What seems safe may be deadly. And the dangers you guard against may be nothing more than distractions to lure you to greater danger.
In our show what can you believe? Whom can you trust?
Well, Revered Audience, the answer is that you should believe nothing.
And you should trust no one. No one at all.
Now, the curtain rises, the lights dim, the music fades, leaving only the sublime sound of hearts beating in anticipation.
And our show begins. . . .
• • •
The building looked as if it’d seen its share of ghosts.
Gothic, sooty, dark. Sandwiched between two high-rises on the Upper West Side, capped with a widow’s
walk and many shuttered windows. The building dated from the Victorian era and had been a boarding school at one point and later a sanatorium, where the criminally insane lived out their frazzled lives.
The Manhattan School of Music and Performing Arts could have been home to dozens of spirits.
But none so immediate as the one who might be hovering here now, above the warm body of the young woman lying, stomach down, in the dim lobby outside a small recital hall. Her eyes were still and wide but not yet glassy, the blood on her cheek was not yet brown.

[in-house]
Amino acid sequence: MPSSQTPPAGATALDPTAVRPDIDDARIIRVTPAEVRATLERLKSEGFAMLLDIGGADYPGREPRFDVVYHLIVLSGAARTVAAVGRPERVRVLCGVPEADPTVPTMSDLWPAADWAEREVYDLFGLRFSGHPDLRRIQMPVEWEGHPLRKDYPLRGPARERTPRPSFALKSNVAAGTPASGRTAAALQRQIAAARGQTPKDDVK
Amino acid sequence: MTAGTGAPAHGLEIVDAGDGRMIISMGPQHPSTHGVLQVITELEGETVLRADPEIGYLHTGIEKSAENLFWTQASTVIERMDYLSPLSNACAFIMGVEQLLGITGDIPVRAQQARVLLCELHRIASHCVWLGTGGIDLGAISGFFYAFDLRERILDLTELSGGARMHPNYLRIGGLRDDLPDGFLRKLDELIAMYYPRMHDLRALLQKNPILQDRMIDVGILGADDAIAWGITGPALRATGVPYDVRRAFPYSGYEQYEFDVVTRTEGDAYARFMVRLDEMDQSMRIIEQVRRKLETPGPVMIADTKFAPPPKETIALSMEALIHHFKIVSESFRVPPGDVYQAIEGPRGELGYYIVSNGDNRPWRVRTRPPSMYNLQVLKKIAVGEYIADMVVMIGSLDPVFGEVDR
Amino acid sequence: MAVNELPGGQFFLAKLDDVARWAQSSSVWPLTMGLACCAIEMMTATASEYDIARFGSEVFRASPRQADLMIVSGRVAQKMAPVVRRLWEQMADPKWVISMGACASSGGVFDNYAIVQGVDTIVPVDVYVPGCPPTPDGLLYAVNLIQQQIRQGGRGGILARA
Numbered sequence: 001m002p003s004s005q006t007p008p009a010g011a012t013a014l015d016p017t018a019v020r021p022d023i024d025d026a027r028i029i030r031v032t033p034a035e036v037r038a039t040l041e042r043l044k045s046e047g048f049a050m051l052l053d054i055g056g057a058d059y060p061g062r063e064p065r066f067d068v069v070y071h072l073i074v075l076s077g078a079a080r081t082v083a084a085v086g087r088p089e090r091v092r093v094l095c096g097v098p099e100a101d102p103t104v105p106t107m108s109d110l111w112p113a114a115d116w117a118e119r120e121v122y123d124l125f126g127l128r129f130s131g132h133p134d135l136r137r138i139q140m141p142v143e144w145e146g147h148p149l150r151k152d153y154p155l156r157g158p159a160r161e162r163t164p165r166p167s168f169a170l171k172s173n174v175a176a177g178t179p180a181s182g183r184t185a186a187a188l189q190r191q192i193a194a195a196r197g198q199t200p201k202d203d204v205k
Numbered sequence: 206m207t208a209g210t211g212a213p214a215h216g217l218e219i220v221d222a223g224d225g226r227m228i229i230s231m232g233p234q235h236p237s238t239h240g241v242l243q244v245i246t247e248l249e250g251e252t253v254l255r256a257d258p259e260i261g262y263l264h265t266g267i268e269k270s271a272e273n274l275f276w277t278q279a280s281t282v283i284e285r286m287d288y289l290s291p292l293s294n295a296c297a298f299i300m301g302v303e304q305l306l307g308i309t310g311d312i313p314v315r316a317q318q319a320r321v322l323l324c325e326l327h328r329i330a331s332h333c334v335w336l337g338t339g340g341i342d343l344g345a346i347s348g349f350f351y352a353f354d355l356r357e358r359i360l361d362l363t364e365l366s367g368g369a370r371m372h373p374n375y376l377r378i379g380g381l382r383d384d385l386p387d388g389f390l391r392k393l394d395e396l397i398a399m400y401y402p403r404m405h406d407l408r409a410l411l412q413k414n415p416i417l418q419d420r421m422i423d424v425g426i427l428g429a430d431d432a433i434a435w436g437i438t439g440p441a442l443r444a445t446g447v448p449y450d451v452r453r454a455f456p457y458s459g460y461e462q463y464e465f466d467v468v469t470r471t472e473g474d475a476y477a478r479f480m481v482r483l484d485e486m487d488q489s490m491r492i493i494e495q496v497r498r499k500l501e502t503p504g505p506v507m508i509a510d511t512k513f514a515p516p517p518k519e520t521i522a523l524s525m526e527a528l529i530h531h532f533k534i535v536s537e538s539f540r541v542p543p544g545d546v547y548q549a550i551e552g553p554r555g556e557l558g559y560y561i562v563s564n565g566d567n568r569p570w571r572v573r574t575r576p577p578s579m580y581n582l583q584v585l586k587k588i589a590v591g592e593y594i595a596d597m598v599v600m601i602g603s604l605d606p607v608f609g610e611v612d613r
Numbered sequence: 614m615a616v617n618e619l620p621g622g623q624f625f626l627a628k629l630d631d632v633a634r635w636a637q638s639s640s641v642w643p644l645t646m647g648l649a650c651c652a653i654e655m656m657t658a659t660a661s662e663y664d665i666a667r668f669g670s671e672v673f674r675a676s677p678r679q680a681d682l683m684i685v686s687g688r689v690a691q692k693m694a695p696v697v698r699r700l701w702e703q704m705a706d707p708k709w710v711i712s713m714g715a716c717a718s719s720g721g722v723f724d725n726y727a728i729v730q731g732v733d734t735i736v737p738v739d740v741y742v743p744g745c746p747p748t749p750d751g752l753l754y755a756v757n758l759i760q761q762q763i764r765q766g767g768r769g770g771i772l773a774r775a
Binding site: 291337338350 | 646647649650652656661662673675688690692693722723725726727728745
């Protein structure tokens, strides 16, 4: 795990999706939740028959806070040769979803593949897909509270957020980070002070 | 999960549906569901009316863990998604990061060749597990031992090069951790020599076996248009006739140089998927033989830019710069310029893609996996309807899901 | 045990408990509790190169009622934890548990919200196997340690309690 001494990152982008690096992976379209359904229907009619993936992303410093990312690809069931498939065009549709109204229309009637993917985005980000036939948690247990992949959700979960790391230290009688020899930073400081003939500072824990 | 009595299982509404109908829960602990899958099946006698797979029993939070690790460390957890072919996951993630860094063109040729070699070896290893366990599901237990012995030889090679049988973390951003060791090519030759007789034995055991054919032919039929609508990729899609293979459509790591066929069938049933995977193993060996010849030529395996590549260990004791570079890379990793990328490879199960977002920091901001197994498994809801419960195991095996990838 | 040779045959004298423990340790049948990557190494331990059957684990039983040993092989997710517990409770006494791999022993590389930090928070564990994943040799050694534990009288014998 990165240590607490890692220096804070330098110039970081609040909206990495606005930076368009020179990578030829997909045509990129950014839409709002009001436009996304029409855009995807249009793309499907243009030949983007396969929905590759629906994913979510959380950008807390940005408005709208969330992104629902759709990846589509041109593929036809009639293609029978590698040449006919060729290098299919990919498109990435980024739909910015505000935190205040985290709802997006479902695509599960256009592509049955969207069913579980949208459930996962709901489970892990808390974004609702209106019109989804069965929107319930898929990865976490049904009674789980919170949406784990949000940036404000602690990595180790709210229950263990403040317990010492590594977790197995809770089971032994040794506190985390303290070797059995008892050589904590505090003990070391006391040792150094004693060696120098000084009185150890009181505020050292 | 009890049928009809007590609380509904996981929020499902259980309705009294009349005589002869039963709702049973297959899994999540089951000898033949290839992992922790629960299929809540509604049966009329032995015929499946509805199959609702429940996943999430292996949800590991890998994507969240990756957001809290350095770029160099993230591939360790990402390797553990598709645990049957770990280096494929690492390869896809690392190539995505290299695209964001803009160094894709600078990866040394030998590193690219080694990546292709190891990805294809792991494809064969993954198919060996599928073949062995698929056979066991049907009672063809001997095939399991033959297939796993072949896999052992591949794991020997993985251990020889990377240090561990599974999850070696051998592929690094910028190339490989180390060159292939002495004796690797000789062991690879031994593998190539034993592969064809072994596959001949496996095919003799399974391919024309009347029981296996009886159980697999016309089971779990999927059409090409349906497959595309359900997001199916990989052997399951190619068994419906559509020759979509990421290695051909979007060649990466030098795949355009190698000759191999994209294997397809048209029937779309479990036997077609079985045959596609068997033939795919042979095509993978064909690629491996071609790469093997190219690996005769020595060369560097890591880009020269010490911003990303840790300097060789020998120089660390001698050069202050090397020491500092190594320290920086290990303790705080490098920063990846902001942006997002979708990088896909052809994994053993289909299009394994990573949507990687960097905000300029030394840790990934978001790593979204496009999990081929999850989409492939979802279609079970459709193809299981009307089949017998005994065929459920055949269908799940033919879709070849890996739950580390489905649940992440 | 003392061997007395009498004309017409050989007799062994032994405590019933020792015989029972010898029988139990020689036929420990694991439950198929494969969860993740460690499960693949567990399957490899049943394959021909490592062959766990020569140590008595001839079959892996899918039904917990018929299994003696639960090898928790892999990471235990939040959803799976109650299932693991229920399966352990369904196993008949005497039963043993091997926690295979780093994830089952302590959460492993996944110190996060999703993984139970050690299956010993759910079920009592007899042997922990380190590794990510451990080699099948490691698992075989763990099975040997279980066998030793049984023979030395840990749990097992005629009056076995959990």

Her face was dark as plum from the constriction of the taut rope connecting her neck to her ankles.
Scattered around her were a flute case, sheet music and a spilled grande cup from Starbucks, the coffee staining her jeans and green Izod shirt and leaving a comma of dark liquid on the marble floor.
Also present was the man who’d killed her, bending down and examining her carefully. He was taking his time and felt no urge to rush. Today was Saturday, the hour early. There were no classes in the school on the weekends, he’d learned. Students did use the practice rooms but they were in a different wing of the building. He leaned closer to the woman, squinting, wondering if he could see some essence, some spirit rising from her body. He didn’t.